311, a second end 315, and a shoulder portion 316. An inner tube 320 is extended

through the passage 312 between a hex head nut 340, positioned at the opposite end of

the connector, and an intermediate point along the passage. The inner tube 320 includes

a first or proximal end 321, positioned adjacent the hex head nut, a first shoulder 322, a

second shoulder 323, and a sleeve portion 324, terminating at a tapered, open, second or

distal end 326. A connector body or outer fitting sleeve 330 surrounds the inner tube and

projects rearwardly from a first end 331 adjacent the hex head 340 and forms a shoulder

332, defining a short, substantially C-shaped open ended recess or channel 333 that terminates at a front end or ledge 334 formed at a second end thereof. The first end 331

of the connector body 330 includes a sloped surface or bump 336 that helps to block

moisture and debris from entering adjacent the hex head 340, with a groove or recess 337

additionally formed in the connector body adjacent the bump 336 to help reduce

compression forces acting thereon during crimping. As shown in Fig. 7, the ledge 334

generally can be of a reduced profile so as to define a slot or groove 338 about the front

or second end of the connector body or outer fitting sleeve.

The hex head 340 includes a clamp ring 341, a hex shaped body 342, and a fitting

neck 343, with screw threads for attachment to a cable outlet. An O-ring 370 (Figs. 7 -

9) further generally is engaged between the clamp ring 341 of the hex head 340 and

proximal end 321 of the inner tube for sealing the hex head end of the connector. The

proximal end 321 of the inner tube and the shoulder of the connector body 331 thus

create a stop on both sides of the hex head clamp ring 341 and the O-ring 370. The hex

head clamp ring 341 further generally is loosely fitted about the inner tube shoulder 320

so that the hex head 340 can be turned freely with respect to the rest of the connector.

As indicated in Figs. 7 and 8, a soft, pliable gasket 350 will be positioned inside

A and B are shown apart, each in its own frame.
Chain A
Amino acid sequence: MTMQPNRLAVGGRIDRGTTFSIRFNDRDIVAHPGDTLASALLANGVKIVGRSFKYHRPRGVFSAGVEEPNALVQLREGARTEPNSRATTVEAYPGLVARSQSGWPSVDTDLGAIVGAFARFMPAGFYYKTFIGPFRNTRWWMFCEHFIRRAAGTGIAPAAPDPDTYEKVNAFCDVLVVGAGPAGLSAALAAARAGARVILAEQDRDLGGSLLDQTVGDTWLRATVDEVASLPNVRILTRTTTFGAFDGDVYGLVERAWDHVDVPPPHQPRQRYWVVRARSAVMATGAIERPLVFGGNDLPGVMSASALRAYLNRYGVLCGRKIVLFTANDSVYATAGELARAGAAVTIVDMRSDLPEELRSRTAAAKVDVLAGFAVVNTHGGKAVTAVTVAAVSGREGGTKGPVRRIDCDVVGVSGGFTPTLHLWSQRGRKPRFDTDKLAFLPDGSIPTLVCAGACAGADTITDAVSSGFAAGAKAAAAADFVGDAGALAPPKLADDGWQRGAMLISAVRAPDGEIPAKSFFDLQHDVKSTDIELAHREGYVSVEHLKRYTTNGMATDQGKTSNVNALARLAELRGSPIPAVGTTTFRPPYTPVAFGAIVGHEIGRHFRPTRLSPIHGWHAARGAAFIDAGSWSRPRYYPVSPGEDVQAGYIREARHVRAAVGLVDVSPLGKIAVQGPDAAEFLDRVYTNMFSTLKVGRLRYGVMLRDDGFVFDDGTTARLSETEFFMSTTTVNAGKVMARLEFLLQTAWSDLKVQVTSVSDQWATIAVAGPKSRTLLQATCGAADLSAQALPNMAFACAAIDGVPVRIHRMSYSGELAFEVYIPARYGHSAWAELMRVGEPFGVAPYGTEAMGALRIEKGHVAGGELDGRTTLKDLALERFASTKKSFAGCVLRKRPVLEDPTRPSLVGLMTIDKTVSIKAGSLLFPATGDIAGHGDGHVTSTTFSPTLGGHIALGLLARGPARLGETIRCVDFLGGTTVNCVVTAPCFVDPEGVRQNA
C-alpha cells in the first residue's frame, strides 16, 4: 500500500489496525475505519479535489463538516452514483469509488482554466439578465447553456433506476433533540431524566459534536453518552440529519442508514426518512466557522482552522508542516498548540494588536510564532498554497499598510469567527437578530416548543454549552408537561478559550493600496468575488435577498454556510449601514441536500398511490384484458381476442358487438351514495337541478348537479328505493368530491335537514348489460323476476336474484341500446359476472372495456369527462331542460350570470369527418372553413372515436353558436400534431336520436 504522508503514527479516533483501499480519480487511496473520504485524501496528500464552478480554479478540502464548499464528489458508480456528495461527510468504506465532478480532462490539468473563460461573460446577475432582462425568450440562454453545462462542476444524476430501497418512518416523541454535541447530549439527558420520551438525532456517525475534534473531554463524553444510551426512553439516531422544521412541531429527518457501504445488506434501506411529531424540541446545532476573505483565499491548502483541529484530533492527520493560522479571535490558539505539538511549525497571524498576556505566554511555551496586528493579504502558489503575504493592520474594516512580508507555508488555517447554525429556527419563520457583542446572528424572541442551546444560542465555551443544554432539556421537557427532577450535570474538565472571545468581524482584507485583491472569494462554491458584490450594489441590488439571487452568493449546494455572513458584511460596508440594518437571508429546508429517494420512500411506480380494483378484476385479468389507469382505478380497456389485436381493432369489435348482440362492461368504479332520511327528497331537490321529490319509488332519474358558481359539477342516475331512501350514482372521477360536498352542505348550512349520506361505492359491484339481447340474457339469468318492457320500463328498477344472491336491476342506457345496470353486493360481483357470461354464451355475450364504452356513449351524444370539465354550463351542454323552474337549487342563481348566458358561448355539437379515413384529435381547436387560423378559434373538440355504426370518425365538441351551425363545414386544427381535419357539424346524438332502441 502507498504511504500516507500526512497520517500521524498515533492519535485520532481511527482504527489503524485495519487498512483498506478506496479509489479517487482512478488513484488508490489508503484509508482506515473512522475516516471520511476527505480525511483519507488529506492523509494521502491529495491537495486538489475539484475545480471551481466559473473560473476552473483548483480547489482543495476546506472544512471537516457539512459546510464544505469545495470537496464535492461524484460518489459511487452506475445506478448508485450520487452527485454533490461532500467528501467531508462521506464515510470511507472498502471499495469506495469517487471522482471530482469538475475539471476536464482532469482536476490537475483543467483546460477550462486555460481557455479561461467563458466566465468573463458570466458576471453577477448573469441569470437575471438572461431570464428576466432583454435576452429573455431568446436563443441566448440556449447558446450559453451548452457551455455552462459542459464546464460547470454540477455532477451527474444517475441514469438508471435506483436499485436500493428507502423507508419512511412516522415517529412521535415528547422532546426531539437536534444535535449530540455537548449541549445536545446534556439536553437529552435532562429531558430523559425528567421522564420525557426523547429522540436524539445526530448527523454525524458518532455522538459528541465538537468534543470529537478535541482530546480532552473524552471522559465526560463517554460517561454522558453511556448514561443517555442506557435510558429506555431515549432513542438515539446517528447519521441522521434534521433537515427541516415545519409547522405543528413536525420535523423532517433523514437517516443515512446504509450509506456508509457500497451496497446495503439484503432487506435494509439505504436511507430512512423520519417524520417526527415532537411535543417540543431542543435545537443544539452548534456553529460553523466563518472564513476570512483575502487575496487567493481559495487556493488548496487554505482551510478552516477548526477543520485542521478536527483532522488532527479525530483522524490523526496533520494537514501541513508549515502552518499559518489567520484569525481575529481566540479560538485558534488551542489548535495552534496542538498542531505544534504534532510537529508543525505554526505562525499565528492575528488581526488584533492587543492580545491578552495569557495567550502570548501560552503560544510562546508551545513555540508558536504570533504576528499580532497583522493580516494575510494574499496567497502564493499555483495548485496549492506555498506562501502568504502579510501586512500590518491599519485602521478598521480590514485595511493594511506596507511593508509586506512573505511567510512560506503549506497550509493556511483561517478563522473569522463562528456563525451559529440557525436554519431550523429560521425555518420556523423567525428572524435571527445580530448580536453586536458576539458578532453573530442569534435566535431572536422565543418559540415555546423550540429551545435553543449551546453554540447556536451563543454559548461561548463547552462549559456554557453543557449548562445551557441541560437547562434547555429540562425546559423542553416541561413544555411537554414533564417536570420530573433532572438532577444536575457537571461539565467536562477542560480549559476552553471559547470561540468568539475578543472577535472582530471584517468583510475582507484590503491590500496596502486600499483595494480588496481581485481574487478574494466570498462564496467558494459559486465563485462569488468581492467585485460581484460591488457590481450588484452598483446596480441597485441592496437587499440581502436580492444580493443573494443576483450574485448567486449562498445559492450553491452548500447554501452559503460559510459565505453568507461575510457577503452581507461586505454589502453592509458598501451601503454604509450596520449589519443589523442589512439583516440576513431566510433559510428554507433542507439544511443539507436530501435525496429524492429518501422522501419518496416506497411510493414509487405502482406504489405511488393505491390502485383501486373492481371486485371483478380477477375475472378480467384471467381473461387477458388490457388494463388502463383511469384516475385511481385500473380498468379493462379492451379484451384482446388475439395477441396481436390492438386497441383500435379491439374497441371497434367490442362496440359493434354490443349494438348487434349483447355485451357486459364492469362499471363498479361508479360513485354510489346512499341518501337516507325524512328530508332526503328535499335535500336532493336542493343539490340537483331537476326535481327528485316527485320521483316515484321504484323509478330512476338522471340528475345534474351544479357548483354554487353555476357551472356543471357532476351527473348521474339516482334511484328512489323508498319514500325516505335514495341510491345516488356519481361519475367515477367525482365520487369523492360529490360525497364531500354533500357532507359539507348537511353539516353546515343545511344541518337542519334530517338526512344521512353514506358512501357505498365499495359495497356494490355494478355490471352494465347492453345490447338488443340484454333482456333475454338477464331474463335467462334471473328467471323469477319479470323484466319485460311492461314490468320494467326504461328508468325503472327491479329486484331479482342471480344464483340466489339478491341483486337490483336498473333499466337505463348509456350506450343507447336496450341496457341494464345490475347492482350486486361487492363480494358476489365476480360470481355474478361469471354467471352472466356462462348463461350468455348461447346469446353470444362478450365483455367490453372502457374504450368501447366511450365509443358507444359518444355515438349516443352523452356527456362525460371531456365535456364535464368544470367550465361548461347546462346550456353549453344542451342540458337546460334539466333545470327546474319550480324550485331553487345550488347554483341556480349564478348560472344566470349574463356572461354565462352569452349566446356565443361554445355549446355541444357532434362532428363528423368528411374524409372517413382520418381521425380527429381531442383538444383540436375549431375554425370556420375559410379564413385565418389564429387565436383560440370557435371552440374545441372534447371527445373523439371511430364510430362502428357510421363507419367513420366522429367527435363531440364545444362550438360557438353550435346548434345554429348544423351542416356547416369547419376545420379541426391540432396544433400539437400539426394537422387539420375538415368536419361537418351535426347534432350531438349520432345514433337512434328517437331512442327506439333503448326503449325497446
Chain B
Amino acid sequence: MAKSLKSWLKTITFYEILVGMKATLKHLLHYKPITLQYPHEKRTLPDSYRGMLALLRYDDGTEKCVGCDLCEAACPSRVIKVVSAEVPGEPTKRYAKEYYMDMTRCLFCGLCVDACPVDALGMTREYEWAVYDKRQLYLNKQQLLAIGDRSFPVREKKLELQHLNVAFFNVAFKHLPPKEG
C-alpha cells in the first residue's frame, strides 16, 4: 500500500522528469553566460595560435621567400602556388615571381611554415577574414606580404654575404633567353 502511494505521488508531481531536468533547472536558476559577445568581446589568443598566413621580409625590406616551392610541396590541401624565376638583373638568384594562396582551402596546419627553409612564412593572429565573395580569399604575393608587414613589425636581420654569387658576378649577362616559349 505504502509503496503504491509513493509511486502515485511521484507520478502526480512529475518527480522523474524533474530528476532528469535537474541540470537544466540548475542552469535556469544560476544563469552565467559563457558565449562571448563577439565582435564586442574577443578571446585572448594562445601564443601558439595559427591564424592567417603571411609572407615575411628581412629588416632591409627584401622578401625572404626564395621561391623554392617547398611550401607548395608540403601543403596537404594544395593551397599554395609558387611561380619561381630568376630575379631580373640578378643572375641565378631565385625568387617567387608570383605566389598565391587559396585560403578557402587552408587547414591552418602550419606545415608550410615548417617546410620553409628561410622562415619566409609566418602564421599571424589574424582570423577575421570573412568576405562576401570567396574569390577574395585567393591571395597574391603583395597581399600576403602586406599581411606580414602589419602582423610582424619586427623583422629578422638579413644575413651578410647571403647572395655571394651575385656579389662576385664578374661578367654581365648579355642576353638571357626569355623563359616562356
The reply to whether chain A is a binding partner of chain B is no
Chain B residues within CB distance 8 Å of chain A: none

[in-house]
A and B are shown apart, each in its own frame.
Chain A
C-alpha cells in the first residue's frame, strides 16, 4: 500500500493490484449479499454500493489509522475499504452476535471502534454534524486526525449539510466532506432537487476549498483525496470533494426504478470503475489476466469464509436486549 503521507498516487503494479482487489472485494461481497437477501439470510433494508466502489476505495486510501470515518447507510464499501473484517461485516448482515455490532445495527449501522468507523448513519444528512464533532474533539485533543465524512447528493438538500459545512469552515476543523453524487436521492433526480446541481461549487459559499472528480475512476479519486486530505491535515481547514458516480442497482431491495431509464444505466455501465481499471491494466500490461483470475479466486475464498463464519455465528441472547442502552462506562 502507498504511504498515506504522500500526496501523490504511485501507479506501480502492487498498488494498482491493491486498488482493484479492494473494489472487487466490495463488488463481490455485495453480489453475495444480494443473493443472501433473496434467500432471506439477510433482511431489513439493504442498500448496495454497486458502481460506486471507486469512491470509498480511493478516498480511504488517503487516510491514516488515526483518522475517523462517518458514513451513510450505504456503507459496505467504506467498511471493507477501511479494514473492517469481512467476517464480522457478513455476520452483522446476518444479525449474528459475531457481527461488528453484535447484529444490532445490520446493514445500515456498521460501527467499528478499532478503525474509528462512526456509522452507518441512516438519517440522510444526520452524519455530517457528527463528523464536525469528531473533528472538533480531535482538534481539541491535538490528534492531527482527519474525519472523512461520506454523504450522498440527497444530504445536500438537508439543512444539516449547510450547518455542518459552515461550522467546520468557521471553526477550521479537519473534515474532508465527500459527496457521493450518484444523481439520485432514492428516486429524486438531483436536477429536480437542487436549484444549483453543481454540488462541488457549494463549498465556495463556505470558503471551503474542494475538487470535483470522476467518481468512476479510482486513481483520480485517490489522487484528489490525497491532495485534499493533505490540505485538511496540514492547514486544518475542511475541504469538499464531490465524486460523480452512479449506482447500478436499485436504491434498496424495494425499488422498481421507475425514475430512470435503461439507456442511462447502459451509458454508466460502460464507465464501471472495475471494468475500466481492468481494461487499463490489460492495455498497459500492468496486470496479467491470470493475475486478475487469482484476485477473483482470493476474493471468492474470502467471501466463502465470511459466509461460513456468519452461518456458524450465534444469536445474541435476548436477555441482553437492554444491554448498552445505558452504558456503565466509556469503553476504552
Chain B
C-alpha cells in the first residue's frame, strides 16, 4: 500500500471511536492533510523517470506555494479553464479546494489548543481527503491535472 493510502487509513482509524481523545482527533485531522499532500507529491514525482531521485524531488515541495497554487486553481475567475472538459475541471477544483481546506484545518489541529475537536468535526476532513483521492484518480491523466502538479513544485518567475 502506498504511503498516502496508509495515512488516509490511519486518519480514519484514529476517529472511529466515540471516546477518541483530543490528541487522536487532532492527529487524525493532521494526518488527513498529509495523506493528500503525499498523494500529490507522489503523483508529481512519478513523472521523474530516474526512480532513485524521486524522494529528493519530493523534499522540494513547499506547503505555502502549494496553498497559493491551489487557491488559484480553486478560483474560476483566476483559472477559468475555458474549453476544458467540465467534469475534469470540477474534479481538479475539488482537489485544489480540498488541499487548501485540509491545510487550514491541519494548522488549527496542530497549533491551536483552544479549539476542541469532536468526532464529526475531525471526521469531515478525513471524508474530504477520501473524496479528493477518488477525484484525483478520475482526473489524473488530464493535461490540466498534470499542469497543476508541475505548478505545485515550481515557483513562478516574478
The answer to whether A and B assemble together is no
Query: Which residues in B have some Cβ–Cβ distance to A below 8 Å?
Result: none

the internal passage 312 of the cylindrical outer shell 311. The gasket 350 generally can be formed from a compressible material such as a plastic, nylon, foams or other similar

materials and can have a substantially cylindrical configuration with an outwardly

projecting center portion 351 and flat substantially axially extending side portions 352

defining a concave recess 353. During crimping of the connector 310 to the cable, the

inner tube and outer fitting tube portions of the connector are urged rearwardly against

the cable in the direction of arrow 355, as indicated in Fig. 9, while the outer shell 311 is

urged axially in the direction of arrow 355'. As it is moved forwardly, the stepped edge

314 of the shell urges the cable jacket toward and against the end of the recess 332

defined by the connector body. The movement of the shell 311 also tends to push the

gasket 350 axially and along the slot or groove 338 formed about the front end or ledge

334 of the connector body 330, while the opposite side of the gasket is pressed forwardly

by the shoulder portion 316 of the cylindrical outer shell 311.

As further indicated in Fig. 9, the cable jacket is urged axially by the inward

movement of both the outer shell 311 and inner tube portion 320, causing it to bulge

outwardly as it is pressed against the shoulder portion 381 of the end of the outer fitting

tube, while the gasket 350 will deform and move into the slot or groove 338 between the

ledge 334 of the connector body and the cylindrical outer shell 311, narrowing the recess 353 of the gasket 350. As a result, a receiving area or seat 357 is formed by the gasket

into which a portion of the outer jacket of the cable projects as the outer jacket is caused

to buckle outwardly as it is squeezed axially in the direction of arrows 355 and 355' by